Tuesday, January 17, 2006

Mohammed Al Ghassani Talks Innovation

Eng. Mohammed Al Ghassani is Executive Vice President, PEIE and an initiator of the Smart Manufacturing Conference. In fact, he’s viewed by many as a key player in the government’s initiative to develop a stronger business culture of innovation and entrepreneurship. PEIE Mirror caught up with him to discuss his views on: corporate culture; innovation; business trends; and mentoring. This is what he had to say:

PM: Do you feel PEIE has a distinct corporate culture? If so, how would you describe it?

Our culture is extremely entrepreneurial. PEIE’s run like a growing for-profit business, with an emphasis on creative thinking, innovation, passion and quality.

PM: Knowledge Oasis Muscat (KOM) - which is part of the PEIE portfolio - is a sponsor of the Smart Manufacturing Conference what’s your understanding of innovation in a manufacturing context?

Innovation is for me an adventure. An idea you get excited about and which you pursue passionately. It evolves and develops throughout the minds of people and grows by teamwork. An innovation can be based on a new technology, a new service or changing the whole product system or business. As far as Smart Manufacturing is concerned, given the nature of the two-day program and the quality of presenters, KOM is honoured to be involved in such an important business event.

PM: What major trends will we have to consider within the next 5 years concerning innovation?

Major trends will be shaped by technology convergence and the totally new business opportunities resulting from this. This will in turn increase the need for new methods of exchanging knowledge between partners and the integration of knowledge from very different disciplines.

PM: As PEIE’s Executive Vice President, you’ve been involved in developing KOM, what have been the keys in bringing KOM to the level it is at today?

Hiring excellent people. It's the motivated staff who contribute the ingredients that enable us to keep taking it to that next level year after year.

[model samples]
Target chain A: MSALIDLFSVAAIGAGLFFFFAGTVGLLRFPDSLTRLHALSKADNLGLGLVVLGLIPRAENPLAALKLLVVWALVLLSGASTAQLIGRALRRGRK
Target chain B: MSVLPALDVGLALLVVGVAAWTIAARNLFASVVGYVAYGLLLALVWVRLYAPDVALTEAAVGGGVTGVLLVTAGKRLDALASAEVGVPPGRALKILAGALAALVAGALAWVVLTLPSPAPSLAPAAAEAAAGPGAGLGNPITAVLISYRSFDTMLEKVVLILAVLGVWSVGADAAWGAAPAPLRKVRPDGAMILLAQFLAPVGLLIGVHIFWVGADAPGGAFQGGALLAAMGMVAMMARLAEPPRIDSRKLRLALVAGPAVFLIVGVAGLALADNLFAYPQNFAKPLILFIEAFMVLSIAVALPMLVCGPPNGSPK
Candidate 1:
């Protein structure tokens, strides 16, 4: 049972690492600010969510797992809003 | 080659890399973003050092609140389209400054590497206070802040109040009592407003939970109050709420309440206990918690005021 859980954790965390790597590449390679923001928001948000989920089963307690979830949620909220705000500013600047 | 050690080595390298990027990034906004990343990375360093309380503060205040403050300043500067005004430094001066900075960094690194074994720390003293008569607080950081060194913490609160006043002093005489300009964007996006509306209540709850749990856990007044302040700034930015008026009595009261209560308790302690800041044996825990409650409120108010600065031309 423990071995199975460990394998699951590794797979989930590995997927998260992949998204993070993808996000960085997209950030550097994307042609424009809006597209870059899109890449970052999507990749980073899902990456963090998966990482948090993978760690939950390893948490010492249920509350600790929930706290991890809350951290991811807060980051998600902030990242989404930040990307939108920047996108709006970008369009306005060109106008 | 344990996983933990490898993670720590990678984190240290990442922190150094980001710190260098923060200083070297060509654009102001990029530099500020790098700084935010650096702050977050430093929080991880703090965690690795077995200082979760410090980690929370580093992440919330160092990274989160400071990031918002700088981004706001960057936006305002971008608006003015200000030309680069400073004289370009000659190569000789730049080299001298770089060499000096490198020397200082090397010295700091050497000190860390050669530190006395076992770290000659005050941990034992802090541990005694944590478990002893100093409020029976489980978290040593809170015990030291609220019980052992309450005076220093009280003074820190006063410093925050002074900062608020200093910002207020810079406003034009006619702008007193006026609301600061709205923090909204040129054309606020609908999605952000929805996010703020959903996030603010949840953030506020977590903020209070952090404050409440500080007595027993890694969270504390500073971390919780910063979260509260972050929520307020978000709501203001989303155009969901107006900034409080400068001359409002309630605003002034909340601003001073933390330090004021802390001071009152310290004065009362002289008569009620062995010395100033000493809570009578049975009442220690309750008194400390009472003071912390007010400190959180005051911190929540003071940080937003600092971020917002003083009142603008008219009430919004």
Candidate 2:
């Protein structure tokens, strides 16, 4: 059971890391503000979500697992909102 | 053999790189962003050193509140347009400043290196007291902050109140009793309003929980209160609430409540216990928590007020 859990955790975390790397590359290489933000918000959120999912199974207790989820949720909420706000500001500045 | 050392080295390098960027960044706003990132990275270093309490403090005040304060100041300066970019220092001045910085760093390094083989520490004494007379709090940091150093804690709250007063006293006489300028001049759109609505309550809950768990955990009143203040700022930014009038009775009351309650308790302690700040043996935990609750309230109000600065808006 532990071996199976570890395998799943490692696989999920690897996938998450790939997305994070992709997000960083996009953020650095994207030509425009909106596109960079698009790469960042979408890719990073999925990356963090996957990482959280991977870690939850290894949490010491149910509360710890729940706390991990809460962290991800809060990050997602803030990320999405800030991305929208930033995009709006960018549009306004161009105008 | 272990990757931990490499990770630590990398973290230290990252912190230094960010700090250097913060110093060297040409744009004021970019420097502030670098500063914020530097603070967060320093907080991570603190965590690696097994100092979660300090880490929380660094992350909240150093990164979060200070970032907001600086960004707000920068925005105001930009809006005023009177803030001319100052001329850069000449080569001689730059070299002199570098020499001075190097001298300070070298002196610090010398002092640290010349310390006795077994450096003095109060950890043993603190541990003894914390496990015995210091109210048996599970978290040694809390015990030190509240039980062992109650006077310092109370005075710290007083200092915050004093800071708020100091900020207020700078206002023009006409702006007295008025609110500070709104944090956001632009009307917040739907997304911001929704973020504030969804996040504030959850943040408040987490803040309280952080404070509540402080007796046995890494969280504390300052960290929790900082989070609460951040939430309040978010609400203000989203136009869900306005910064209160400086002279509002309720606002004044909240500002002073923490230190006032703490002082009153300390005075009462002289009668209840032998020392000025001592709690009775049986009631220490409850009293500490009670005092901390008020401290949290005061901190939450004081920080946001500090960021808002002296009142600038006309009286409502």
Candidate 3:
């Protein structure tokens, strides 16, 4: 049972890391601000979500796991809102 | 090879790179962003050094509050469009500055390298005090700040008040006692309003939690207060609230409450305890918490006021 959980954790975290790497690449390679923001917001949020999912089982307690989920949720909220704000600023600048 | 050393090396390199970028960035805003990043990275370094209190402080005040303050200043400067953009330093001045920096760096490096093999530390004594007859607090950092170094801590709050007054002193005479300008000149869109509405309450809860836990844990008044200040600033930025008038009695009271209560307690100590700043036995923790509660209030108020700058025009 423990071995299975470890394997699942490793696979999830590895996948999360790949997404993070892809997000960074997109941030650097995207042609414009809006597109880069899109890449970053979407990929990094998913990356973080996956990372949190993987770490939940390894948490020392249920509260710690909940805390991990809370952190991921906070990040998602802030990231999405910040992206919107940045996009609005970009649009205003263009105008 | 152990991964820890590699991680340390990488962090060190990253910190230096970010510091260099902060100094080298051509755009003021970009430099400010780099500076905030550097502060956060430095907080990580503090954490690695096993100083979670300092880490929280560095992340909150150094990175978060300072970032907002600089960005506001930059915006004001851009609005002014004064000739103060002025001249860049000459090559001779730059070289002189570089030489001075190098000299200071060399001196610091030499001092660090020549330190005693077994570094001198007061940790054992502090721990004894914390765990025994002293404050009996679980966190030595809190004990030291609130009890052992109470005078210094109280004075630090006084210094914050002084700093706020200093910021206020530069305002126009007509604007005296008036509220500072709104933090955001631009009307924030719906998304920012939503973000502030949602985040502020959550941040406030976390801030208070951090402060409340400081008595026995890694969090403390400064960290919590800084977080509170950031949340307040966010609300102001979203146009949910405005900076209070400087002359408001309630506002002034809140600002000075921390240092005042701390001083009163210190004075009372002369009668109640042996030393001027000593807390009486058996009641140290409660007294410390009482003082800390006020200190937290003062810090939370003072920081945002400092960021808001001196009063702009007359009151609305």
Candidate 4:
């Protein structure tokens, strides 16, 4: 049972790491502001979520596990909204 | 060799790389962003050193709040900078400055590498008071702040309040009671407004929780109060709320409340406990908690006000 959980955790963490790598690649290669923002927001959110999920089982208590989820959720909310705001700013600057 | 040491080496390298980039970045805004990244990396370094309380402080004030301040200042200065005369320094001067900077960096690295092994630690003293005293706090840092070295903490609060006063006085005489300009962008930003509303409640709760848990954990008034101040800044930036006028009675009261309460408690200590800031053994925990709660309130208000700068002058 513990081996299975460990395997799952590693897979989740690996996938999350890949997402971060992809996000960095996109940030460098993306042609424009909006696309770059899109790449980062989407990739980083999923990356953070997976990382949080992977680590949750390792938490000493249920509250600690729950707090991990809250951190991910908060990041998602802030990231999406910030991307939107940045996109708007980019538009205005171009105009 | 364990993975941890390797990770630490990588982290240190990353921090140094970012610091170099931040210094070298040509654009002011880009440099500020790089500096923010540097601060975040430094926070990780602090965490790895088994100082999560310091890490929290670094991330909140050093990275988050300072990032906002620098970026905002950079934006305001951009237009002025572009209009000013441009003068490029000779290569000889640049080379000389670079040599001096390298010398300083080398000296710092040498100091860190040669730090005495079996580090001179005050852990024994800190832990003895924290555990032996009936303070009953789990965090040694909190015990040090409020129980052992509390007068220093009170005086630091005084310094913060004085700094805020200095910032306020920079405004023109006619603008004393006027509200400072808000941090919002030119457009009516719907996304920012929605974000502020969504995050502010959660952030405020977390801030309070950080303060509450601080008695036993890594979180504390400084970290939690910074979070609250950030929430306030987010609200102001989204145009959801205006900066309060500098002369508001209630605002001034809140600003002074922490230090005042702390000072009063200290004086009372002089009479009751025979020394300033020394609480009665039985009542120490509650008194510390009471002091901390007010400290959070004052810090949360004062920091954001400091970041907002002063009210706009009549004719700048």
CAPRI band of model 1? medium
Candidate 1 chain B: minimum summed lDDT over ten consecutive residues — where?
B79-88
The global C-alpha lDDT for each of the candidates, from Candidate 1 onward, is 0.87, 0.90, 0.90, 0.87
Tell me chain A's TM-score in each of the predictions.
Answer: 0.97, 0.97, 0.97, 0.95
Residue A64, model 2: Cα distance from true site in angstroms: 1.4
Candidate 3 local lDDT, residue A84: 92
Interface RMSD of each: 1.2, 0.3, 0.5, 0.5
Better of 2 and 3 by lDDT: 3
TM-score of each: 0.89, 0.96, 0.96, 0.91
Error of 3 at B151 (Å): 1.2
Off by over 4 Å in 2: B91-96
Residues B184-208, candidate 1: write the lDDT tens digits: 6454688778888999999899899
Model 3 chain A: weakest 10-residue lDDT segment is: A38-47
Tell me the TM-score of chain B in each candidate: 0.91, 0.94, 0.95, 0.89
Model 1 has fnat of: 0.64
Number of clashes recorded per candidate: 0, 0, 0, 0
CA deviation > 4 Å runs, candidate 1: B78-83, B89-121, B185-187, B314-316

PM: What do you feel the future holds for small firms over the next few years?

The future is very promising for small firms in Oman. The Government is constantly looking at ways to improve finance options for them – making access to loans easier and simpler for the people who actually run small businesses. Through the Knowledge Mine business incubator program we will continue to promote and assist start-ups and maintain our efforts to increase the participation of those under represented in business, particularly drawing on the wealth of talent in women’s business.

PM: What trends and changes do you see occurring in business today?

Younger people are starting companies that involve services and technology. We’re witnessing this trend very clearly on KOM. Business owners are focusing on conservation of resources, profit and greater customer service. Lenders are looking for proven businesses ready for funding, and money is out there. This is an opportunity time for KOM because more people are starting businesses.

PM: What advice would you give to a young person that wants to one day succeed in business?

Shed the industrial-age idea that you go to school and get a good life-long job with benefits and a pension. Entrepreneurs think differently - how can I create jobs and provide a valuable service/product? Begin to develop your network of contacts. Read. Find a peer group. Go to conferences such as Smart Manufacturing. And when you do find that great idea, focus on making a successful system, otherwise you just own a job.

PM: How important do you consider networking and building contacts to be for an entrepreneur's success?

Primary importance. You’re only as big as your neighbourhood. You must realize that you can't do it all, and building a knowledgeable network greatly increases your chances for success.

PM: If you could pin it down to just one thing, what is the one most important thing you have learned about business?

You have to be able to read and understand the numbers.

PM: Any final advice for young entrepreneurs, businessmen, or businesswomen just getting started?

Find a mentor and a peer group. Give respect if you want it in return. Have an attitude of gratitude, not an attitude of entitlement and give - it will come back to you 10-fold.